Concentrix moves to quell Belfast job fears after HMRC blow

The Concentrix headquarters in Belfast
The Concentrix headquarters in Belfast

The company at the centre of a row over tax credit checks has said it remains “committed to Belfast” as a European base despite losing a major contract with HM Revenue and Customs (HMRC).

There are fears that up to 600 local jobs could be at risk after Concentrix was axed amid claims people have been wrongly deprived of their entitlement.

Peter Morris of Mens Aid NI

Peter Morris of Mens Aid NI

On Tuesday HMRC confirmed that it has decided not to extend its existing contract with the US company it employs to check tax credit entitlement.

“Both organisations will now be focused on clearing the outstanding cases. HMRC is redeploying 150 staff to help with this work,” a spokesman for HMRC said.

One charity in Belfast said it had been inundated with requests for help by distraught tax credit claimants who said their payments had been stopped while they attempted to prove their circumstances had not changed recently.

Following the HMRC statement, Concentrix defended its performance saying the company had “operated professionally at all times and within the guidance set by HMRC”.

We are exploring all options for our staff within Concentrix

A spokesman said: “The HMRC statement not to renew the contract attacks our professional credibility, and the commitment of our staff who have performed determinedly, despite the issues with HMRC policies and procedures.

“In addition, throughout the contract, Concentrix has employed good hard-working people within the UK, at Concentrix expense, in order to staff phone lines and handle customer calls which were agreed by HMRC and were based on HMRC assumptions.”

Commenting on the Belfast workforce, the Concentrix spokesman said the HMRC announcement was a “significant shock,” and added: “However, our people are our top priority and we are doing everything possible to minimise any impact. We are engaged with HMRC to fully understand the implications of this announcement and in the meantime we are exploring all options for our staff within Concentrix.”

The complaints from claimants in Northern Ireland follow a large number of similar reports in Great Britain.

Earlier this week, the financial secretary to the UK Treasury, Jane Ellison, told MPs there would be no inquiry into how the contract – valued at between £55 million and £75 million – has been handled.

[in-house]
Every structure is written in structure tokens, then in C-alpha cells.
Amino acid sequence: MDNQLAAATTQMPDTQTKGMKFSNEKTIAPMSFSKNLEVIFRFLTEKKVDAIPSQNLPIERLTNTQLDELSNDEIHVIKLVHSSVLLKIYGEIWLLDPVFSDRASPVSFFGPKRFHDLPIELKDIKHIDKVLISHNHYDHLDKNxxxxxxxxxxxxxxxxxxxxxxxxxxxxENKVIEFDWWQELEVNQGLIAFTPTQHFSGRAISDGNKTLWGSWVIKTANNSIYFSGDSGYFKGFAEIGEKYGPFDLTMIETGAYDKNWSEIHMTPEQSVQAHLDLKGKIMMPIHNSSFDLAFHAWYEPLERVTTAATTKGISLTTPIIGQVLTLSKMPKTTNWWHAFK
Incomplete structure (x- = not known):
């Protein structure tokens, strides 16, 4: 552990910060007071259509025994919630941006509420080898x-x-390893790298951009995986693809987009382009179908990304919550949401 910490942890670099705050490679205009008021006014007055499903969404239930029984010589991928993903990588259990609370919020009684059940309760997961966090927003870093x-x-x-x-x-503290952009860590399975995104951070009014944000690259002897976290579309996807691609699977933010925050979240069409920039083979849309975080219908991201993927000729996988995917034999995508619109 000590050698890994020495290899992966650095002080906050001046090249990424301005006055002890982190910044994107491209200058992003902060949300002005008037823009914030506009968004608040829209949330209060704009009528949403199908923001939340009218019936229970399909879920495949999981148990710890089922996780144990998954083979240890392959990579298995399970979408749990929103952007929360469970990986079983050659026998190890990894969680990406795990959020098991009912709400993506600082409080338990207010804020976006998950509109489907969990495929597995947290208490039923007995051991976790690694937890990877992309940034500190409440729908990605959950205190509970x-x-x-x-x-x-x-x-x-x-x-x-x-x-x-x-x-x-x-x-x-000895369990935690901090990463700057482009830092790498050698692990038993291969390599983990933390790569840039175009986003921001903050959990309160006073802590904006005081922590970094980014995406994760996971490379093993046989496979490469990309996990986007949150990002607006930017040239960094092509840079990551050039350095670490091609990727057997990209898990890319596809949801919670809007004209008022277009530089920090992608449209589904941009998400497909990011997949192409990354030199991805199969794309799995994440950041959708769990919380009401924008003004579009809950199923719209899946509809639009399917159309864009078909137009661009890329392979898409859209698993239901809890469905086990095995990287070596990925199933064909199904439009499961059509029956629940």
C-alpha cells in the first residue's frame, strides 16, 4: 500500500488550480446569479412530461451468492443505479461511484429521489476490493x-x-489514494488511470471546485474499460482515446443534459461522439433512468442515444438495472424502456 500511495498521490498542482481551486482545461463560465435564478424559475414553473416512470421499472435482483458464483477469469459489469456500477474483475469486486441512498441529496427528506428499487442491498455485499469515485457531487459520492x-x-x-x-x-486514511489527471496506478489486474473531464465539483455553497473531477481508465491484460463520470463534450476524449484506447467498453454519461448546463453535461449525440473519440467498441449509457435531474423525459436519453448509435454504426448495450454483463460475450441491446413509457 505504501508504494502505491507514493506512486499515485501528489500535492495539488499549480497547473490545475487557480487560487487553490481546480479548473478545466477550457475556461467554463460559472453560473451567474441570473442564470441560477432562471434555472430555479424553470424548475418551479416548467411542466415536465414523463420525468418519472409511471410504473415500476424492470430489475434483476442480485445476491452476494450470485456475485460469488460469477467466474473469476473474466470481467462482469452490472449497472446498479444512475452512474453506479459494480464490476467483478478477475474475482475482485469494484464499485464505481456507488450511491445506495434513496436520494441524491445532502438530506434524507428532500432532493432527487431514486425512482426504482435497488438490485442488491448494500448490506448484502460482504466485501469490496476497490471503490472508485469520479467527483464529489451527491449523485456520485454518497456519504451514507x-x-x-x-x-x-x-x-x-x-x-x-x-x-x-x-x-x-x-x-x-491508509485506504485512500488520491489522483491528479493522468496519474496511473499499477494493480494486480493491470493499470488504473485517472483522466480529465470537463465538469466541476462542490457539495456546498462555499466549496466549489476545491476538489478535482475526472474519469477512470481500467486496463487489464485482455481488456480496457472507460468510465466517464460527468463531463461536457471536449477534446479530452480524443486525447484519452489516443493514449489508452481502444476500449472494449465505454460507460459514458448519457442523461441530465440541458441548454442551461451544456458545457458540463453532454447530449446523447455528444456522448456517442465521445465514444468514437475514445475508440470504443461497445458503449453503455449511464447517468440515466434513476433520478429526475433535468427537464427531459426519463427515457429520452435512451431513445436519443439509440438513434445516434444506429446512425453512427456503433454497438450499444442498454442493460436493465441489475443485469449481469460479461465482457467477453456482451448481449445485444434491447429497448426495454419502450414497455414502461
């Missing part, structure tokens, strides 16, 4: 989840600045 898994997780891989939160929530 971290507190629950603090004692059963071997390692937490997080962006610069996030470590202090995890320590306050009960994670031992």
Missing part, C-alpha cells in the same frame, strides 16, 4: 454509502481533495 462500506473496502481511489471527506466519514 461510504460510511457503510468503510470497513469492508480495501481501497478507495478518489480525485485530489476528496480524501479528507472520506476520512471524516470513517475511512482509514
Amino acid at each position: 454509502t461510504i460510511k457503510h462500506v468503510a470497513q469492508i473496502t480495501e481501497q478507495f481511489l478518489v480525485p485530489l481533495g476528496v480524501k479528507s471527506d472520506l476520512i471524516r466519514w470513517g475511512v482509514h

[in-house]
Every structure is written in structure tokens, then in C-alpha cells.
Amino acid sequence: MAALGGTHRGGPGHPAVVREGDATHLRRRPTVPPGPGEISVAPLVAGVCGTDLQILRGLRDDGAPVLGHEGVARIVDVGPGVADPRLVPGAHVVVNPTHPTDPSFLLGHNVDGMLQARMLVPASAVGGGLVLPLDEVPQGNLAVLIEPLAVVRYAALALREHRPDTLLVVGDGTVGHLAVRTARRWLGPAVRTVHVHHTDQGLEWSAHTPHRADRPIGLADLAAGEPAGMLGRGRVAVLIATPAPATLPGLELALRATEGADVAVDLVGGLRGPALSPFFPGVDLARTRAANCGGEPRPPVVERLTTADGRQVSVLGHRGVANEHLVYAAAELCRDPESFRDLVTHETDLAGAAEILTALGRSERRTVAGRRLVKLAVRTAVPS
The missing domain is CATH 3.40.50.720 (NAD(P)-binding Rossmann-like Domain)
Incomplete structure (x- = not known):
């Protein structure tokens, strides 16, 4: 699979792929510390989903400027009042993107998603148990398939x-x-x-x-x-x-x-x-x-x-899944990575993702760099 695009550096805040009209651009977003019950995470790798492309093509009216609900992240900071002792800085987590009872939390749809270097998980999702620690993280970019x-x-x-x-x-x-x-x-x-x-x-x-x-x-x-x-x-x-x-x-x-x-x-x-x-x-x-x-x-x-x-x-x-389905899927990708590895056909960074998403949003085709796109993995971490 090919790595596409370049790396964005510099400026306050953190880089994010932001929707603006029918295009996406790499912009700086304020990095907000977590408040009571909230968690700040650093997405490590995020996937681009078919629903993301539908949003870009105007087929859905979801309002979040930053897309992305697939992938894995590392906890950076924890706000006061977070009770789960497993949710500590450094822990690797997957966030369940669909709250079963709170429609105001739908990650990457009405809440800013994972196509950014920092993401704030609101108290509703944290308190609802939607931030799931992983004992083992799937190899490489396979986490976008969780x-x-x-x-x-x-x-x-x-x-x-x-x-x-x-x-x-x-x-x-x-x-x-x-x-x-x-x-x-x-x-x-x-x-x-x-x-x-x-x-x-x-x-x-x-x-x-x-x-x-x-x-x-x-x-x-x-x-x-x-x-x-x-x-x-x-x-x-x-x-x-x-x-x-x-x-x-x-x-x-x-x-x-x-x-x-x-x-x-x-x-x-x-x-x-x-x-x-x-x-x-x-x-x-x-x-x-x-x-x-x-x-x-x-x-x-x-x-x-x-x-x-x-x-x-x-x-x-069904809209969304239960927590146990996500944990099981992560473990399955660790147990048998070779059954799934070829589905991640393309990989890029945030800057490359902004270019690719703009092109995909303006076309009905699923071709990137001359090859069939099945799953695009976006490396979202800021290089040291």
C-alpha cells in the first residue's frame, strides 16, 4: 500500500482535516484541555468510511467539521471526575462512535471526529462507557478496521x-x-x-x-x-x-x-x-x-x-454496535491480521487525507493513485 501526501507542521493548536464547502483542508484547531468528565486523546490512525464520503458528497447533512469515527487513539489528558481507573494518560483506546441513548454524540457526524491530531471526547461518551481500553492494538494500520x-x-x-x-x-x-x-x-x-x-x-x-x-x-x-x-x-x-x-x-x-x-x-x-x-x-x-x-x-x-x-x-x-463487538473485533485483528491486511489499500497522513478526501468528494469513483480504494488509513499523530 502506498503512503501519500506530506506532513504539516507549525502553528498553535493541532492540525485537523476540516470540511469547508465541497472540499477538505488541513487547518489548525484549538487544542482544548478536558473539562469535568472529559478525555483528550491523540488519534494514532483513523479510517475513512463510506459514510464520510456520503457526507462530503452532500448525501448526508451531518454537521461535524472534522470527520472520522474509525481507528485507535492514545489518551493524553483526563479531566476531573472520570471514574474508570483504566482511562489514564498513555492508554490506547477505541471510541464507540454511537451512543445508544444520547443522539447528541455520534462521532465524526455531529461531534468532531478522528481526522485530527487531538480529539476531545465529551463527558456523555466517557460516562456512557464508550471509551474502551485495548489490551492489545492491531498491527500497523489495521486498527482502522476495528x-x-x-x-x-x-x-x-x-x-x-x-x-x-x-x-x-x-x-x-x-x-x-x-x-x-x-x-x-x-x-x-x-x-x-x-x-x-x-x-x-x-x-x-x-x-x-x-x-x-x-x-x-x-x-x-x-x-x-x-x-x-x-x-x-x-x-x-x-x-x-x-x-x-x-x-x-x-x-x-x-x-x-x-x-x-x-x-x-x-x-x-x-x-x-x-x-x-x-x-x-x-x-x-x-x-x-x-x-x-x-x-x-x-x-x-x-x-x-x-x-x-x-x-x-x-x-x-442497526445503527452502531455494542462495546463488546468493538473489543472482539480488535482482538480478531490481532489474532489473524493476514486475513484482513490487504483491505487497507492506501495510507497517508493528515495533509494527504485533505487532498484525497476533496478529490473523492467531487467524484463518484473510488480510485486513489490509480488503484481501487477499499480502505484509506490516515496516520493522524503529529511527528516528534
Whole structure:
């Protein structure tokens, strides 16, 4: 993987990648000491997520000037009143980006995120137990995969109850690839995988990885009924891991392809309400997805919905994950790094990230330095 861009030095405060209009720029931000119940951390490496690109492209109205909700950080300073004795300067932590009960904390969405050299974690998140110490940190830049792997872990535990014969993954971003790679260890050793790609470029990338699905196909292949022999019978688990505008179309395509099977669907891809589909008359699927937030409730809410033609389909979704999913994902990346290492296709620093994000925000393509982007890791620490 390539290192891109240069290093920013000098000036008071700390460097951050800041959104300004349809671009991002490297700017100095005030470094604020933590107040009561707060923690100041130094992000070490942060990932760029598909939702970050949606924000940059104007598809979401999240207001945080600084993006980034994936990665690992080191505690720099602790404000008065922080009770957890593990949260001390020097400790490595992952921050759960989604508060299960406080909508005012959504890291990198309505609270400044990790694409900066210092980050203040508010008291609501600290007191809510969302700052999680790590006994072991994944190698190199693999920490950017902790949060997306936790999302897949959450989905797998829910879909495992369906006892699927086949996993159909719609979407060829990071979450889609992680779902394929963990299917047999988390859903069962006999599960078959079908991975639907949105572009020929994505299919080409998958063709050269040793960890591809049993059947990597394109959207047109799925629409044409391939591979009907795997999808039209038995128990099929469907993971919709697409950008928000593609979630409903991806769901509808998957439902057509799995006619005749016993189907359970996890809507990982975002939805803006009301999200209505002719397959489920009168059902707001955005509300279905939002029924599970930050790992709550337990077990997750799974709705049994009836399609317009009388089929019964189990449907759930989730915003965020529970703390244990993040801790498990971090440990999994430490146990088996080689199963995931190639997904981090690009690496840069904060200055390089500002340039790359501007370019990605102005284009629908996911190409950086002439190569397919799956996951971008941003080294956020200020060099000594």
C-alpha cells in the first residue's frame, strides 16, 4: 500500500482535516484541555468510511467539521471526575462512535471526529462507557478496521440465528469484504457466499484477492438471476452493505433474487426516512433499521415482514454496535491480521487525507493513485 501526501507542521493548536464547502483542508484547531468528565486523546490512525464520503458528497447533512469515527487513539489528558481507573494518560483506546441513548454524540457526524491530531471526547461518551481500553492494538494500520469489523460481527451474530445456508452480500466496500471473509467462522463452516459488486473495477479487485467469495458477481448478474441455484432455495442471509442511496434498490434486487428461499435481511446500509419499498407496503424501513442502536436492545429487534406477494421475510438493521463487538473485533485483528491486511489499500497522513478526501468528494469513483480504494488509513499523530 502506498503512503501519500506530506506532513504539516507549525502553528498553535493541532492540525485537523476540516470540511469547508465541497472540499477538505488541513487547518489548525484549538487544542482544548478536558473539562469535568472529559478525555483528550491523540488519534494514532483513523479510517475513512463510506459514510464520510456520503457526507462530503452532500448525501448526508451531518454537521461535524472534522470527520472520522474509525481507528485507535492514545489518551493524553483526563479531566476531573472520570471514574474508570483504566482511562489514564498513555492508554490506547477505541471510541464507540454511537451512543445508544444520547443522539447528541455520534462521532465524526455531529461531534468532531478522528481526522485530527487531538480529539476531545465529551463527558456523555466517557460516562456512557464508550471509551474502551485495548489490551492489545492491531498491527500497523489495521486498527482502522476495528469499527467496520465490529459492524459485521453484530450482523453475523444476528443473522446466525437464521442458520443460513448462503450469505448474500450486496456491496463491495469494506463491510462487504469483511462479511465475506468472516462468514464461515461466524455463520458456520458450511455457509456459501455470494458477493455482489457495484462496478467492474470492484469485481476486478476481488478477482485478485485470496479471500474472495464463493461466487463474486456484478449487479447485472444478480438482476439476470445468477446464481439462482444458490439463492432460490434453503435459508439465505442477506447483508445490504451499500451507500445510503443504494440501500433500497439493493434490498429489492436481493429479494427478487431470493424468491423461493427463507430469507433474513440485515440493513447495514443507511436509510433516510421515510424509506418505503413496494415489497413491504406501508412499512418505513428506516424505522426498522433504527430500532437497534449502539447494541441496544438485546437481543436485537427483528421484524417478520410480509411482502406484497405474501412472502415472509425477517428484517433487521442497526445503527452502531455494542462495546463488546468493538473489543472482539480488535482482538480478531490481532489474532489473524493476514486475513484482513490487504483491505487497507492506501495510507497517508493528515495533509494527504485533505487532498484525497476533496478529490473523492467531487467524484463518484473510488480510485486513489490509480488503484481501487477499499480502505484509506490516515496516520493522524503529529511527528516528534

Saying there was no need “to go into inquiries etc etc,” Ms Ellison told the Commons: “We have a contract, it is monitored on a regular basis, it is not going to be renewed when it comes to an end in May next year”.

Mens Aid in Belfast has been helping dozens of tax credit claimants suffering hardship as a result of the Concentrix/HMRC fraud detection operation.

Peter Morris of the charity said he has been lobbying political representatives without success in recent weeks, and that the general situation has not improved despite the publicity surrounding the termination of Concentrix’s contract.

“We have been flagging this up [to political representatives] for the last four weeks and only now are people jumping on it,” he said.

“We’ve been working to get cases resolved as quick as possible but the politicians have failed. They can’t say they weren’t told because they were.

“The only party to put a statement out about his was the PUP in north Belfast, and there has been a joint venture between the PUP in north Belfast and Mens Aid over the last few weeks.

“We’ve been helping women as well as men, from both sides of the community, and we have had people coming into the office on the Shankill Road from places like Turf Lodge and the lower Cliftonville Road.”

Mr Morris added: “As a charity we do have concerns at potential of job losses around this as we believe Concentrix were adhering to requirements issued by HMRC.”

Two typical case studies of people helped by Mens Aid:

1. Single father discovered his tax credits had not been paid into bank. HMRC advised him to call Concentrix. Concentrix claimed he didn’t respond to letter (which the man claims he did not receive) and accused him of having an undeclared partner living with him. It transpired this was a previous tenant at his address.

2. Single mother working part-time had her tax credits suspended after claims she also wasn’t living alone. She followed same process as above and discovered the name of the person she was supposedly living with. The man named was actually her landlord and not a co-habitant. Her tax credits will not be reinstated until she provides bank statements, bill receipts and her tenancy agreement.